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Updated on January 18, 2019

A Perfect Day in Tokyo

Tracing the Roots of the Shinsengumi (Hino City)

An exterior photo of Hinoshuku Honjin
Hinoshuku Honjin

A special police force distinguished themselves by fighting bravely during the tumultuous final years of the Edo period. The members of Shinsengumi, literally the “new selected corps,” such as Kondo Isami, Hijikata Toshizo, Okita Soji, and Inoue Genzaburo, had come together in Hino before they were organized to form the troop. The origins of the Shinsengumi can thus be found in Hino.

A 10-minute walk along Koshu-Kaido Avenue from Hino Station will take you to “Hinoshuku Honjin,” an inn that was run by Sato Hikogoro, Hijikata’s brother-in-law, who provided mental and material support for the Shinsengumi. Hinoshuku means a shukuba or post station established in Hino during the Edo period, and honjin is a lodging for daimyo feudal lords and other high-ranking officials. Built in the final days of the Edo Shogunate, the main sections of the honjin remain intact. A guide will share interesting stories about the accommodation, such as introducing a spot where Hijikata allegedly used to take naps and the meanings behind kugi-kakushi, or decorative objects to hide nail heads on the walls. Back in those days, a dojo training hall was also located on the honjin’s premises, allowing Captain Kondo Isami and others to hone their skills in swordsmanship.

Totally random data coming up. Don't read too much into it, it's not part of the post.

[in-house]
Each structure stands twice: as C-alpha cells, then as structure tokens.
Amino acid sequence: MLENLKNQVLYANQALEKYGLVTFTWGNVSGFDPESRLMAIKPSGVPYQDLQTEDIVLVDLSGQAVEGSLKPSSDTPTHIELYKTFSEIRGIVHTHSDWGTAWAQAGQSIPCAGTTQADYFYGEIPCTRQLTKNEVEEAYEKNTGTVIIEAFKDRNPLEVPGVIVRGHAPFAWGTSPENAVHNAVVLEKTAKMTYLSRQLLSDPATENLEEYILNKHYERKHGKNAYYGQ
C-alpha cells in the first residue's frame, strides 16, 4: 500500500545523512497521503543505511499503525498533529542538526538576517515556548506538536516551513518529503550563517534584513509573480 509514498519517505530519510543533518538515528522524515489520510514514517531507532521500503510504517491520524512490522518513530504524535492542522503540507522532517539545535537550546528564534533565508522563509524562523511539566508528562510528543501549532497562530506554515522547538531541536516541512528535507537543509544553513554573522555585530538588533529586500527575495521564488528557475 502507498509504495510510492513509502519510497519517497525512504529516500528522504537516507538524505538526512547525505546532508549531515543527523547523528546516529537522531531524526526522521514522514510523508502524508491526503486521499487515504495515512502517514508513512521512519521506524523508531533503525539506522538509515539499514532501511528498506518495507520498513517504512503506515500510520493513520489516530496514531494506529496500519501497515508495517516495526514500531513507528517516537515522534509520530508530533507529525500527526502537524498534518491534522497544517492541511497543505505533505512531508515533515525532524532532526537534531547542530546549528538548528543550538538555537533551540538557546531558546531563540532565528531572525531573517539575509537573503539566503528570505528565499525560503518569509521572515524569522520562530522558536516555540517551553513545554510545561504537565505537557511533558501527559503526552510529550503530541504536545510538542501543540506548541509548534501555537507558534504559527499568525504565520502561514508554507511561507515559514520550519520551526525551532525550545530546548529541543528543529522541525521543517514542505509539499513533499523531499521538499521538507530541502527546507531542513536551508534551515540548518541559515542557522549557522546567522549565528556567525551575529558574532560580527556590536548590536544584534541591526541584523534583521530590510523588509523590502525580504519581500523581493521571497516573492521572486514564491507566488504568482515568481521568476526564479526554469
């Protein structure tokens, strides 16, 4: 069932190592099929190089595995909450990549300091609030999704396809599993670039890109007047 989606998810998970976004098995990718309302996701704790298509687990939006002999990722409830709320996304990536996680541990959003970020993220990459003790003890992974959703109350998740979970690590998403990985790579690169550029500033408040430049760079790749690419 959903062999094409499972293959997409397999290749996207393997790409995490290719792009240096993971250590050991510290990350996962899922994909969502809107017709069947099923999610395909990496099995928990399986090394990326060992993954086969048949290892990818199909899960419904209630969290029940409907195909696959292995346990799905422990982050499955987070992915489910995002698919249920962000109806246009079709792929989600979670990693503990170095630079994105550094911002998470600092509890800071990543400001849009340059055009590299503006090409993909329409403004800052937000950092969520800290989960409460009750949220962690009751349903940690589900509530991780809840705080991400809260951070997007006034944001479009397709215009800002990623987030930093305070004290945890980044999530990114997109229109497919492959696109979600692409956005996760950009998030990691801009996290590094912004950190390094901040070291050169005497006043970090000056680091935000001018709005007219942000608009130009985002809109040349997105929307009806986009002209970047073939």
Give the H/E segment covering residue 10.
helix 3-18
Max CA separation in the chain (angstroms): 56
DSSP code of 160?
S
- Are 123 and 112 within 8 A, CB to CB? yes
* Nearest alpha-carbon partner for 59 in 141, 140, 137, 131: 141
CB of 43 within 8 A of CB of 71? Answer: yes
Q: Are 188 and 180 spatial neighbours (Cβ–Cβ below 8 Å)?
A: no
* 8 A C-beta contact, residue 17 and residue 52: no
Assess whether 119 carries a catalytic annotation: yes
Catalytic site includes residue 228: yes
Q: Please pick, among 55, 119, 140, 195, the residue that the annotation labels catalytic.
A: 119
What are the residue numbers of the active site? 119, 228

From Hinoshuku Honjin, walk for 15 minutes to find the “Shinsengumi Furusato History Museum.” There are multiple ways to enjoy the museum, including seeing letters written by the members and valuable local materials on exhibit, and having photos taken while wearing Shinsengumi outfits.

As 2019 marks the 150th anniversary of Vice-Commander Hijikata Toshizo’s death, various events will be held from April through June. Numerous fans also visit museums operated by descendants of the Shinsengumi members, their graves, and more in Hino City. The last group of loyal samurai who died to uphold honor continues to draw people even now.

◎Get off at Hino Station on the JR Chuo Line. Hinoshuku Honjin is a 10-minute walk from the station. To go to the Shinsengumi Furusato History Museum, get on the Keio Bus from the Hino Station bus terminal platform #5, alight at Hino Nana-sho Iriguchi (Hino Municipal Seventh Elementary School entrance), and walk for 5 minutes.

[Hino City Tourism Association]
Phone: 042-586-8808. Located on the premises of Hinoshuku Honjin.

[Hinoshuku Honjin / Shinsengumi Furusato History Museum]
Phone: 042-583-5100. Open from 9:30 a.m. to 5:00 p.m. (The last entry for admission is 4:30 p.m.). Closed on Mondays (when Monday falls on a national or public holiday, Tuesday will be closed) and during the year-end and New Year holidays. Combined admission ticket: 300 yen (general admission) (200 yen for one facility only).

An interior photo of the Shinsengumi Furusato History Museum
Shinsengumi Furusato History Museum

 

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